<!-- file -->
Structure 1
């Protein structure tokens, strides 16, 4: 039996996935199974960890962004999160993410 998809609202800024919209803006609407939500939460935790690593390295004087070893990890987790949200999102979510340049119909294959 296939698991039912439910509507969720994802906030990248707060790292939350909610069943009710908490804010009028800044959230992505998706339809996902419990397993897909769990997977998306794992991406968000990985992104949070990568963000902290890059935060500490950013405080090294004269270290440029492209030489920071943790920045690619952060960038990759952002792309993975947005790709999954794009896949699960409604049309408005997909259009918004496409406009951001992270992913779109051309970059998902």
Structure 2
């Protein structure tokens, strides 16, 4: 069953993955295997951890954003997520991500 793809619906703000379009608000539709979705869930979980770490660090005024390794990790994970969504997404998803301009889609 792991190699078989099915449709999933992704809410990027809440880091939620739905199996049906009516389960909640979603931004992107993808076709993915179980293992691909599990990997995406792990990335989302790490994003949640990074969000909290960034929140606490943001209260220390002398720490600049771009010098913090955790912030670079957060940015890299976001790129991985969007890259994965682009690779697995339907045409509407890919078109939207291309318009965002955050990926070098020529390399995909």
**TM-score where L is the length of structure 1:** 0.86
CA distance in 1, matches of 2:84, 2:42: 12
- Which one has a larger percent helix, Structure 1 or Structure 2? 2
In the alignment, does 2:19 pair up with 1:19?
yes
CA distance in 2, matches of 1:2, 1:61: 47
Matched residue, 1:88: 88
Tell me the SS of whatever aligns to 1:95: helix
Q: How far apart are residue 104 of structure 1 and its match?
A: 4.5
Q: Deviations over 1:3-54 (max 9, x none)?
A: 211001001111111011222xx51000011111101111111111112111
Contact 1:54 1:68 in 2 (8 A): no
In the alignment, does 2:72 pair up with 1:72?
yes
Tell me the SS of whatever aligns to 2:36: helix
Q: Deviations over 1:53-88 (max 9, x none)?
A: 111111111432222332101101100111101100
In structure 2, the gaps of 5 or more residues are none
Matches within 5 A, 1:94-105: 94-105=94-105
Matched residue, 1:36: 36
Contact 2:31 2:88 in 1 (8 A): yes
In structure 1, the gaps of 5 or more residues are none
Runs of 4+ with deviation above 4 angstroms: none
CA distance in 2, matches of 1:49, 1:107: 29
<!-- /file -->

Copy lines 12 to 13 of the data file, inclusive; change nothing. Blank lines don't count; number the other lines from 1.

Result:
Tell me the SS of whatever aligns to 1:95: helix
Q: How far apart are residue 104 of structure 1 and its match?